New Delhi, June 30, 2019-
As artists across the world take to streets against the social networking platforms’ unfair policies towards art-based nudity, the Indian community of artists has come out in their support, detailing their own experiences and demanding the digital platforms to have a clear differentiation between vulgarity and art.
In a protest this month, nearly 100 people stripped naked holding pictures of nipples in their hands in front of Facebook’s New York headquarters, demanding allowance to showcase artistic nudity on the popular apps. The campaign was outlandishly titled #WeTheNipple.
Another protest in June saw international porn artists gather outside Instagram’s Silicon Valley headquarters, describing the nudity-censorship rules of Facebook and its family of apps “vague, inconsistent and threatening to their livelihood”.
The move has been hailed by international photographers, painters, models and screen artists from around the world. including in India.
“I obviously understand that Facebook and Instagram want to avoid ‘vulgar’ content on their platforms, but scrapping off art-based nudity is affects artists very seriously,” fashion photographer Soumya Iyer told.
“Just like everyone else, we also want to showcase our work and build ourselves our own brand on Facebook and Instagram because of their global reach and popularity but it’s sad that fine-art is neither accepted nor respected,” said Rohan Tulpule, a fine art photographer who has faced consequences of ‘unfair’ censorship rules against his work multiple times.
Recollecting her own experiences on suffering damages, Iyer said: “My series called ‘gender of beauty’ was taken down because of the display of nipples. Instagram is such a huge platform and artists can really make use of its power of engagement! I don’t understand why the display of a woman’s nipple has become a matter of shame”.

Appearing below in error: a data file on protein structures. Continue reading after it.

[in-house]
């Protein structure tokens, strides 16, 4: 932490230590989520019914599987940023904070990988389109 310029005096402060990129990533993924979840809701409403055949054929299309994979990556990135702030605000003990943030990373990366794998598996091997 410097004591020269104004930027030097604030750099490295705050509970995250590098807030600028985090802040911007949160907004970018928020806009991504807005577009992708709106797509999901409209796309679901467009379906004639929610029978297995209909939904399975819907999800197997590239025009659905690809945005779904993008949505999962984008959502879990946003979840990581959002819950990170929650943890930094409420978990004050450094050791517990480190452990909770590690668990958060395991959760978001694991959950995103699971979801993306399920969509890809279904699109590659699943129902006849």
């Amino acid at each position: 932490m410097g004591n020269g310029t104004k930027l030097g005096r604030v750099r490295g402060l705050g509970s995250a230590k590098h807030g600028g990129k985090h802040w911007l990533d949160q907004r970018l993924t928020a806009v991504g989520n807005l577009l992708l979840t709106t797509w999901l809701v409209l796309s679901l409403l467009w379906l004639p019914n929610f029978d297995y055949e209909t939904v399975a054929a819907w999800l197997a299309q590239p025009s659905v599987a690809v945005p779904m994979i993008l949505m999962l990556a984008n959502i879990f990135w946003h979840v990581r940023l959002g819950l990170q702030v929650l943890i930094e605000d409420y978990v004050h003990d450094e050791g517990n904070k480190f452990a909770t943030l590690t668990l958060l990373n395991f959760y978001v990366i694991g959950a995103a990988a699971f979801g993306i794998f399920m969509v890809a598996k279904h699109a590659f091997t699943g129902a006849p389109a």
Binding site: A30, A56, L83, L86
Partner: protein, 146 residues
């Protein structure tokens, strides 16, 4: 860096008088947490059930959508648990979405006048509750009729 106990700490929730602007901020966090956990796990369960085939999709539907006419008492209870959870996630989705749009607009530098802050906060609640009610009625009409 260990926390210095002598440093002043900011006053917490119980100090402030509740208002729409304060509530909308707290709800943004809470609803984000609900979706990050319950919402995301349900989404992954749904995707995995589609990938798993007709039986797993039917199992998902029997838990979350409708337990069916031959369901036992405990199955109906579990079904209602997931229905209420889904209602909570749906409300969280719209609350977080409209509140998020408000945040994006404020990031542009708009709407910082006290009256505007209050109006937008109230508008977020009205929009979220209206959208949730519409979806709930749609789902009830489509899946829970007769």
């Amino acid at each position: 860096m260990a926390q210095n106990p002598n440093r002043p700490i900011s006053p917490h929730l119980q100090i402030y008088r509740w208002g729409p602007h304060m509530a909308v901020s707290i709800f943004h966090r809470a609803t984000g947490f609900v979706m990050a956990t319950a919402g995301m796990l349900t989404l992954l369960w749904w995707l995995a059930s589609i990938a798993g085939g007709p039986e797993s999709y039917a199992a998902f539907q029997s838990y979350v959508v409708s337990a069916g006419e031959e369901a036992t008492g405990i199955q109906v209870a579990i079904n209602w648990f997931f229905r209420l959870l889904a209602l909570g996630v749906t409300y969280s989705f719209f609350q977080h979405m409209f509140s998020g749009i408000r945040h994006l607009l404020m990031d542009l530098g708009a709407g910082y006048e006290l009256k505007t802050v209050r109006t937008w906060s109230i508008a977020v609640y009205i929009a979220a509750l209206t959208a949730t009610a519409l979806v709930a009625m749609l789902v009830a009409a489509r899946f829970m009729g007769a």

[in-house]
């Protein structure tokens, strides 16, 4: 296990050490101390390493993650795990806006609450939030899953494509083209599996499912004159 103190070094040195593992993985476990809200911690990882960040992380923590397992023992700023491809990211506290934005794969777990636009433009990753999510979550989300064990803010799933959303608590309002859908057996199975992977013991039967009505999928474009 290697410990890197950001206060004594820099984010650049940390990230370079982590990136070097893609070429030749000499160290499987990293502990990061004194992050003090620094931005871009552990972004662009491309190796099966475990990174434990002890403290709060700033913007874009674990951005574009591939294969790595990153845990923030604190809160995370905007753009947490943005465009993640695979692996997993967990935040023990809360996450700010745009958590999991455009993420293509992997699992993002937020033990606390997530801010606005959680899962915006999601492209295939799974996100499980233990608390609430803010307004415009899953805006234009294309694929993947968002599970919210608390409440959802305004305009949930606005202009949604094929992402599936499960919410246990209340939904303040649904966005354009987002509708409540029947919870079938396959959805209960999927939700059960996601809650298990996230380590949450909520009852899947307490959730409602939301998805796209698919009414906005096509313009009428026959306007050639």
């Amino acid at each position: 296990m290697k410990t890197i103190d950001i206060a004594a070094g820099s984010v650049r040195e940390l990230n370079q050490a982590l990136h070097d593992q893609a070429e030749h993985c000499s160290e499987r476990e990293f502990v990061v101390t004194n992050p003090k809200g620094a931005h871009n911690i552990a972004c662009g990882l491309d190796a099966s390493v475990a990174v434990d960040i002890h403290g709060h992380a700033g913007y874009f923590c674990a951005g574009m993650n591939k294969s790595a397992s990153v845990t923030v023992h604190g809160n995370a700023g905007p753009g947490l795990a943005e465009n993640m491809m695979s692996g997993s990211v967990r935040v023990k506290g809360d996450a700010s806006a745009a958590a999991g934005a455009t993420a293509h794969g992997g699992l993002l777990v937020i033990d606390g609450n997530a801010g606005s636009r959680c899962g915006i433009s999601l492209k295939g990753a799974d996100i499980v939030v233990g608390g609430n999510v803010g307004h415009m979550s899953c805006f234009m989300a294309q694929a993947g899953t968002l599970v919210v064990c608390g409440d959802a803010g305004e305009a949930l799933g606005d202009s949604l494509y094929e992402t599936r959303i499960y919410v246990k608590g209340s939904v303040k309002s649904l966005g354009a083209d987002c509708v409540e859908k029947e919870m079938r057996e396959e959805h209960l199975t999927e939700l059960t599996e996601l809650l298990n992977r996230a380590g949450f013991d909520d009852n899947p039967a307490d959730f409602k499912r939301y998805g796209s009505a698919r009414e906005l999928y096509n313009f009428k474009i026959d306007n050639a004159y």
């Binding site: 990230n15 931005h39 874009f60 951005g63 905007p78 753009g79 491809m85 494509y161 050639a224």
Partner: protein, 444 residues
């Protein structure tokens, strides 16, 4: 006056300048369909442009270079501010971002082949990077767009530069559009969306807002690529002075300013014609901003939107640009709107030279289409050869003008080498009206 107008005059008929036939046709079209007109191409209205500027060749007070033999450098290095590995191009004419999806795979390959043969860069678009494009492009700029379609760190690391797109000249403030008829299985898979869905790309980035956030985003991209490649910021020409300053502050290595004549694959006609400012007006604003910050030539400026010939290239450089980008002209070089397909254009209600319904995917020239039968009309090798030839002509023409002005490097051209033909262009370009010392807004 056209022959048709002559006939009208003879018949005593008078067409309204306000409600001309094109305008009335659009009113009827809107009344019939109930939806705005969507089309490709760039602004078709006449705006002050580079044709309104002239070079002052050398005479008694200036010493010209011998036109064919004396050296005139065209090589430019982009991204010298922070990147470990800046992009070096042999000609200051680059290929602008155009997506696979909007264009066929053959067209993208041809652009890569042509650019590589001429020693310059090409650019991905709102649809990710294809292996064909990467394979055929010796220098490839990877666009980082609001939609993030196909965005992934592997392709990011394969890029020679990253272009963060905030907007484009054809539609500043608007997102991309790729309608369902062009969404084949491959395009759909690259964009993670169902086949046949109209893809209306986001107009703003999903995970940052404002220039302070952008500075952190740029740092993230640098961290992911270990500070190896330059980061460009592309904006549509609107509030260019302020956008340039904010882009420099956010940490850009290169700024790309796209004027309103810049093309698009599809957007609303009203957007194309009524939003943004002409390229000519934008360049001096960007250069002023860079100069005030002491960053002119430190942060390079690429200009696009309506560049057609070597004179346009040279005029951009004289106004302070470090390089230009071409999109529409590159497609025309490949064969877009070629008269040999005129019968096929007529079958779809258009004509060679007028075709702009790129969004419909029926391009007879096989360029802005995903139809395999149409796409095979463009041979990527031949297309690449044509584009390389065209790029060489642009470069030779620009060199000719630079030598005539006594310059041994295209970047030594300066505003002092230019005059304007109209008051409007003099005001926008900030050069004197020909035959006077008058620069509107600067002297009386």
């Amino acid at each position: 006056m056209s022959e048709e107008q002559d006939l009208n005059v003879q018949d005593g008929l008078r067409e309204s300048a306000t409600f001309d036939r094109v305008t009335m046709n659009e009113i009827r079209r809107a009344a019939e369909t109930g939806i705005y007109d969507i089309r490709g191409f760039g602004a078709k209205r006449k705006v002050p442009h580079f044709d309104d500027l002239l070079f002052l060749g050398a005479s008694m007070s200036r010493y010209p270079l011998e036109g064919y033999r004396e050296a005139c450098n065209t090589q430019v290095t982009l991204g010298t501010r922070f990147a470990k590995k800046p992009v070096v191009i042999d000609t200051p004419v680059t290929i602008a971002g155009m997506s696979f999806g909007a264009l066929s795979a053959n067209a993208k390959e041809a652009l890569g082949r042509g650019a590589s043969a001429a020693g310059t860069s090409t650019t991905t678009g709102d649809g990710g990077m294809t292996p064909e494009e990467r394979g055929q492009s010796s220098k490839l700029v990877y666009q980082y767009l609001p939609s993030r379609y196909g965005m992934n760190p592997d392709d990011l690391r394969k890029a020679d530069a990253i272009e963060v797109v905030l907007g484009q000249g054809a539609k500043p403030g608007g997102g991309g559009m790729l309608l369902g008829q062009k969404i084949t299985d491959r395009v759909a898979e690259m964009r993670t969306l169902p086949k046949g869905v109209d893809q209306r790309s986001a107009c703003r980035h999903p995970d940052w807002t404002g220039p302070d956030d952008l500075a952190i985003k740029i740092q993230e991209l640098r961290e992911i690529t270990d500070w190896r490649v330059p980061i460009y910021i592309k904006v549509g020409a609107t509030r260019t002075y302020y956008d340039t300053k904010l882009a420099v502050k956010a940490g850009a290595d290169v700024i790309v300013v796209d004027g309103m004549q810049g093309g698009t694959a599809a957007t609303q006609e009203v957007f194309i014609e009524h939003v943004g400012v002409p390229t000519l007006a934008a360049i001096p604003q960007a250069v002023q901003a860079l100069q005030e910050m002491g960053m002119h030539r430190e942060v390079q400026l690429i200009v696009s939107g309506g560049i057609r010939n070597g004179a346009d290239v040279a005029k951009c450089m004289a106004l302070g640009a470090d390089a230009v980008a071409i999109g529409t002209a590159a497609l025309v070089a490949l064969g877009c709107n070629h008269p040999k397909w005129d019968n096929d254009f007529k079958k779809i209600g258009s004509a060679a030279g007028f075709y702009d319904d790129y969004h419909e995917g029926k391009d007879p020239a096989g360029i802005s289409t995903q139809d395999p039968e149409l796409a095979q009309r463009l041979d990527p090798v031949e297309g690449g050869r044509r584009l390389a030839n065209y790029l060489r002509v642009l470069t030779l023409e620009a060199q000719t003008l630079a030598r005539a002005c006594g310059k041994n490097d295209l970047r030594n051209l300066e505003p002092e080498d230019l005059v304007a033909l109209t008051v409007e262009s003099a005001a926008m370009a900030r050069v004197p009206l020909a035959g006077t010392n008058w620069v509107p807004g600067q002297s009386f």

Known for his bold photo-series like “Life Through Holes” and “The Plus Size Of Life,” Tulpule added: “Hashtags help us increase our reach but if we use hashtags like #fineart and #nudephotograph, our post comes into notice and gets deleted under ‘policy violation’. We get restricted from all activities on the platforms. The platforms have to understand that all nudity is not vulgarity”.
According to conceptual performance artist Inder Salim, “nothing is more scary when imaginary uniform sets of rules are imposed on all to suppress all those atavistic tendencies in us.”
As part of its community guidelines, Facebook-owned Instagram says “for a variety of reasons, we don’t allow nudity” on their platform — including “photos, videos, and some digitally-created content that show sexual intercourse, genitals and close-ups of fully-nude buttocks. It also includes some photos of female nipples.”
However, the platform fails to elaborate the exact extent of “some photos” of female nipples it discourages on its app.
Last week, Facebook was slammed for banning Grammy-nominated British rock band Led Zeppelin’s 1973 album “Houses of the Holy” cover that features nude children. Later, admitting that the image was “culturally significant”, Facebook restored the image.
According to actor-model Milind Soman, who stirred major controversies after he stripped naked for a photo-shoot way back in 1995, accepted that tough social media policies that lack distinction between artistic and vulgar nudity is not favourable for artists in this digital era.
“It’s their platform, their policies and their call. What is artistic and what is vulgar on their platform is up to them to decide because after all, it is their business to be profitable (first),” Soman told IANS.
The global demonstrations have convinced Facebook to re-think its stance on artistic nudity.
Its policy team, along with artists, art educators, museum curators, activists as well as Facebook employees, has decided to examine how to better serve artists, including considering a new approach to nudity guidelines. (Agency)